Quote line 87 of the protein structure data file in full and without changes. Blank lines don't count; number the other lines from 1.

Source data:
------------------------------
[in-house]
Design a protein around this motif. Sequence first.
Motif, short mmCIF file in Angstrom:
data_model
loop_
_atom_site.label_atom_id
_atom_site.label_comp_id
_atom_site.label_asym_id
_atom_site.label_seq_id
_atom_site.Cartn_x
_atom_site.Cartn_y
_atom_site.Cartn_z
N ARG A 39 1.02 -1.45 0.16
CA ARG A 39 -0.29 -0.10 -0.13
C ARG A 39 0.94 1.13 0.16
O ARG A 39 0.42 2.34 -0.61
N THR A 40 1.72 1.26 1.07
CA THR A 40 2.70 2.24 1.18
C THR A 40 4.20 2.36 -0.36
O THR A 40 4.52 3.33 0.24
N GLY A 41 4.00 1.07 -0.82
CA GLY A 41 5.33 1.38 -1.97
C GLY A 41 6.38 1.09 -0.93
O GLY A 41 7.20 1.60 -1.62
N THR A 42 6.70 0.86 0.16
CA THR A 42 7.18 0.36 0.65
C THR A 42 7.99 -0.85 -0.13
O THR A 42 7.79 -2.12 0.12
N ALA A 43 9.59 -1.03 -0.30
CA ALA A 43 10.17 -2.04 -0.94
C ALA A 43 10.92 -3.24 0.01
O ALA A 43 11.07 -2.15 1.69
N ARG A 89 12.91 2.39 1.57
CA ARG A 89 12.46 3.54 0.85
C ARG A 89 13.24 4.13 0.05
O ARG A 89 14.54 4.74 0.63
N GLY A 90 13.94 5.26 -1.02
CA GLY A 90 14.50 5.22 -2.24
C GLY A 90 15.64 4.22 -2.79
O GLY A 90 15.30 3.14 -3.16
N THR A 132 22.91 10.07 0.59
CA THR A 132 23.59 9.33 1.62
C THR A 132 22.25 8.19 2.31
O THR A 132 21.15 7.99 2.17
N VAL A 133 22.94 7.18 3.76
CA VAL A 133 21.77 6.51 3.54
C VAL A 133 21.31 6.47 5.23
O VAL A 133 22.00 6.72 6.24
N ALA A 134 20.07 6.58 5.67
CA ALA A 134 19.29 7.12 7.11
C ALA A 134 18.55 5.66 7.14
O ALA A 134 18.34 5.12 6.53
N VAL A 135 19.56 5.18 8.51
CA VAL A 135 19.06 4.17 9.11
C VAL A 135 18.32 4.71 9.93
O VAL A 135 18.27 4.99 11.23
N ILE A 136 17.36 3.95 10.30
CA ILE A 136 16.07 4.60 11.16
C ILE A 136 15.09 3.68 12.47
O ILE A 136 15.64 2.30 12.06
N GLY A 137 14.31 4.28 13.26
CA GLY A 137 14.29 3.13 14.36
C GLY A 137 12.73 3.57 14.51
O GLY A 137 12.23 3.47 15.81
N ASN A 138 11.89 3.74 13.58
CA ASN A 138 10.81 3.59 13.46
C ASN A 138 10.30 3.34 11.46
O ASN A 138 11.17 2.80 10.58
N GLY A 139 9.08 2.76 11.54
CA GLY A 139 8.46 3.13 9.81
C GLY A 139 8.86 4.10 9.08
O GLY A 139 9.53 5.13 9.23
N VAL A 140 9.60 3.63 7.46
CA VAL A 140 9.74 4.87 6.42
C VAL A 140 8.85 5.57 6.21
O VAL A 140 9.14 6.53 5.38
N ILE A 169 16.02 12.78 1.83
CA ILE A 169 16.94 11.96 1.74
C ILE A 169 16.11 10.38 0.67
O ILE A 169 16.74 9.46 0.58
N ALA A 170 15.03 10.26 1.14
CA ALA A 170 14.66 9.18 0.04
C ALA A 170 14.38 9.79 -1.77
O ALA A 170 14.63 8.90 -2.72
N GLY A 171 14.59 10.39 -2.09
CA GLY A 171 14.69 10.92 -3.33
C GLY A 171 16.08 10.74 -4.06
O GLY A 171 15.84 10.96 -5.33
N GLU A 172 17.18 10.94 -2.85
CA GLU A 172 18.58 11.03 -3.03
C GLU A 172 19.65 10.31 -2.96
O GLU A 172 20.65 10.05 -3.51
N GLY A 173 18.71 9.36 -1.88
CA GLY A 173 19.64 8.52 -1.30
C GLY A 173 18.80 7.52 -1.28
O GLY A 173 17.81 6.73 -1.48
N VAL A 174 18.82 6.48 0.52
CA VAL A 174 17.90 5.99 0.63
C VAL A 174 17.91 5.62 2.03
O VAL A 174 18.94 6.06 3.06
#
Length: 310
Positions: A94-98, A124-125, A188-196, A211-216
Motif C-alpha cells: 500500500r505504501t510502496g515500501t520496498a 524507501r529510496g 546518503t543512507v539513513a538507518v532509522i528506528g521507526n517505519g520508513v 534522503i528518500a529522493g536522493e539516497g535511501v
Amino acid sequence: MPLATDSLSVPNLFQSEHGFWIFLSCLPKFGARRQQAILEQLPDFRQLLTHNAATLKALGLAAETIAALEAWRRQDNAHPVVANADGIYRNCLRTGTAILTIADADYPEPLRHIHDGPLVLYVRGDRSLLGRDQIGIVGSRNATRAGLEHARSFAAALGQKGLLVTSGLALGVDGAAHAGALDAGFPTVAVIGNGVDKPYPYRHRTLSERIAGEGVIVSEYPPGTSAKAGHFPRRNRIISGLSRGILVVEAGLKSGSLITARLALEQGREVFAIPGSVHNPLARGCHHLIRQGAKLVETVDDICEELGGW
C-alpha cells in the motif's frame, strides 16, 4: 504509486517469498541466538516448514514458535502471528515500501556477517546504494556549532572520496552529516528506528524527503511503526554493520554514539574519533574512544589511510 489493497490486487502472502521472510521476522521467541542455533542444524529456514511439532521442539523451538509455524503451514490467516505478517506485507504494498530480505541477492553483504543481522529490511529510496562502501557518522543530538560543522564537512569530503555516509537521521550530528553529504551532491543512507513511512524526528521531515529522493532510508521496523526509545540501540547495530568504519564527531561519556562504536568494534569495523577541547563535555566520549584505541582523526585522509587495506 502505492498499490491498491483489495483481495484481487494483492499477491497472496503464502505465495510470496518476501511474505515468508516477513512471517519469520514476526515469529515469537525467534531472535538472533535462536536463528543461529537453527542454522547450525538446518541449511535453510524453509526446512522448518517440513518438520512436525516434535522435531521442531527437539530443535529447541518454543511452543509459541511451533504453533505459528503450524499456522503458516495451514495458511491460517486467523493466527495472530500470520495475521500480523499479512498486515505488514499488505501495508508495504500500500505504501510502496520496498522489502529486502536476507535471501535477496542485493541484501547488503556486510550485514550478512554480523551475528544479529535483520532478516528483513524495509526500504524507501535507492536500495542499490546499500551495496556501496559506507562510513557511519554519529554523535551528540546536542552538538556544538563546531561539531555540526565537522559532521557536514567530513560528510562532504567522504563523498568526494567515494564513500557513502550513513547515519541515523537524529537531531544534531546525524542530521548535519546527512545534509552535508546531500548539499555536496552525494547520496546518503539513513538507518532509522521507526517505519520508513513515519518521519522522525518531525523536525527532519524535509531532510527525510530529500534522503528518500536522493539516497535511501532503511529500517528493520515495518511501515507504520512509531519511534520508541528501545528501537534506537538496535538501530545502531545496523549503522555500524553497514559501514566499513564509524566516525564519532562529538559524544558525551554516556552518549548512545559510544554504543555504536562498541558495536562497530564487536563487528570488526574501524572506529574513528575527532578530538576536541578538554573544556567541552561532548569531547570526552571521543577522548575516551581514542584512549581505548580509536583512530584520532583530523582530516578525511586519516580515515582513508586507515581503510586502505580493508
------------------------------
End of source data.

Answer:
C GLY A 171 16.08 10.74 -4.06